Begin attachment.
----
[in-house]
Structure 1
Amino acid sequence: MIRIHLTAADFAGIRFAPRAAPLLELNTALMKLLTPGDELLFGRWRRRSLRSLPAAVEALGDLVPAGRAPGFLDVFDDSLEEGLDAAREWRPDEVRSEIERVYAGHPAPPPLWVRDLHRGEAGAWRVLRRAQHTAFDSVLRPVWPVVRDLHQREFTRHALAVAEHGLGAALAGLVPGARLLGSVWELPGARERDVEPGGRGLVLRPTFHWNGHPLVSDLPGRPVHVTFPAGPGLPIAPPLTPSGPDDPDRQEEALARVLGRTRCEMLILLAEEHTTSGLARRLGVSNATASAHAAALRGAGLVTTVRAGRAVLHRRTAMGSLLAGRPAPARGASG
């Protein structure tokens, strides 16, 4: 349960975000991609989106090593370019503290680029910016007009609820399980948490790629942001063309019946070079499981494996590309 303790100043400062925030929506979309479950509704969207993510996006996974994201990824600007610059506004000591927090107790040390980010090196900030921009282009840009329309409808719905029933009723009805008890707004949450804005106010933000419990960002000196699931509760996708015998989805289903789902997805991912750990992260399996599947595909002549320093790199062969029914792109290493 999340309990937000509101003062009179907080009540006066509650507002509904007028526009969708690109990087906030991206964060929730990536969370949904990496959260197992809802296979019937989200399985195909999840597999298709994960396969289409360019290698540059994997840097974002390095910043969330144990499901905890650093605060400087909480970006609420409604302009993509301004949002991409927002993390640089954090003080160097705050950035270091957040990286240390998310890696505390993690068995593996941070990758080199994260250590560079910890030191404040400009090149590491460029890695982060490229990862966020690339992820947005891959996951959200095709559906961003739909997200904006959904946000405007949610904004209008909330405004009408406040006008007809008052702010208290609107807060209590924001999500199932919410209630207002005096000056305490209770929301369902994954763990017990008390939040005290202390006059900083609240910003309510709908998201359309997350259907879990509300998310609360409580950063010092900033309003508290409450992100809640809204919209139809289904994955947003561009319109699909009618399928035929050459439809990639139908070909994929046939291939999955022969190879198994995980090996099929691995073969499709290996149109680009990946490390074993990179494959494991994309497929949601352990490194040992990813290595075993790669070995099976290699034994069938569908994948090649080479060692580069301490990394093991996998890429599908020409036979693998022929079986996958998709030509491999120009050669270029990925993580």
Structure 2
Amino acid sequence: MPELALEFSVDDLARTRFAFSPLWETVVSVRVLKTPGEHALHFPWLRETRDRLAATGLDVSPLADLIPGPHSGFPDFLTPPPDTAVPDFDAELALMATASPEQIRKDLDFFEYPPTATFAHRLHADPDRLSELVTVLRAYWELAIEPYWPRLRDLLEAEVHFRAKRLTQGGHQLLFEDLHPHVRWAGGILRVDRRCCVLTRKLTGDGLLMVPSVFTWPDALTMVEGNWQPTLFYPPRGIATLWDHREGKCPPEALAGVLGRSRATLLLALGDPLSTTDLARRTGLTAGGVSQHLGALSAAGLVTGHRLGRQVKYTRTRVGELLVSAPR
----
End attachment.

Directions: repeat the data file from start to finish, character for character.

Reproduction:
[in-house]
Structure 1
Amino acid sequence: MIRIHLTAADFAGIRFAPRAAPLLELNTALMKLLTPGDELLFGRWRRRSLRSLPAAVEALGDLVPAGRAPGFLDVFDDSLEEGLDAAREWRPDEVRSEIERVYAGHPAPPPLWVRDLHRGEAGAWRVLRRAQHTAFDSVLRPVWPVVRDLHQREFTRHALAVAEHGLGAALAGLVPGARLLGSVWELPGARERDVEPGGRGLVLRPTFHWNGHPLVSDLPGRPVHVTFPAGPGLPIAPPLTPSGPDDPDRQEEALARVLGRTRCEMLILLAEEHTTSGLARRLGVSNATASAHAAALRGAGLVTTVRAGRAVLHRRTAMGSLLAGRPAPARGASG
């Protein structure tokens, strides 16, 4: 349960975000991609989106090593370019503290680029910016007009609820399980948490790629942001063309019946070079499981494996590309 303790100043400062925030929506979309479950509704969207993510996006996974994201990824600007610059506004000591927090107790040390980010090196900030921009282009840009329309409808719905029933009723009805008890707004949450804005106010933000419990960002000196699931509760996708015998989805289903789902997805991912750990992260399996599947595909002549320093790199062969029914792109290493 999340309990937000509101003062009179907080009540006066509650507002509904007028526009969708690109990087906030991206964060929730990536969370949904990496959260197992809802296979019937989200399985195909999840597999298709994960396969289409360019290698540059994997840097974002390095910043969330144990499901905890650093605060400087909480970006609420409604302009993509301004949002991409927002993390640089954090003080160097705050950035270091957040990286240390998310890696505390993690068995593996941070990758080199994260250590560079910890030191404040400009090149590491460029890695982060490229990862966020690339992820947005891959996951959200095709559906961003739909997200904006959904946000405007949610904004209008909330405004009408406040006008007809008052702010208290609107807060209590924001999500199932919410209630207002005096000056305490209770929301369902994954763990017990008390939040005290202390006059900083609240910003309510709908998201359309997350259907879990509300998310609360409580950063010092900033309003508290409450992100809640809204919209139809289904994955947003561009319109699909009618399928035929050459439809990639139908070909994929046939291939999955022969190879198994995980090996099929691995073969499709290996149109680009990946490390074993990179494959494991994309497929949601352990490194040992990813290595075993790669070995099976290699034994069938569908994948090649080479060692580069301490990394093991996998890429599908020409036979693998022929079986996958998709030509491999120009050669270029990925993580």
Structure 2
Amino acid sequence: MPELALEFSVDDLARTRFAFSPLWETVVSVRVLKTPGEHALHFPWLRETRDRLAATGLDVSPLADLIPGPHSGFPDFLTPPPDTAVPDFDAELALMATASPEQIRKDLDFFEYPPTATFAHRLHADPDRLSELVTVLRAYWELAIEPYWPRLRDLLEAEVHFRAKRLTQGGHQLLFEDLHPHVRWAGGILRVDRRCCVLTRKLTGDGLLMVPSVFTWPDALTMVEGNWQPTLFYPPRGIATLWDHREGKCPPEALAGVLGRSRATLLLALGDPLSTTDLARRTGLTAGGVSQHLGALSAAGLVTGHRLGRQVKYTRTRVGELLVSAPR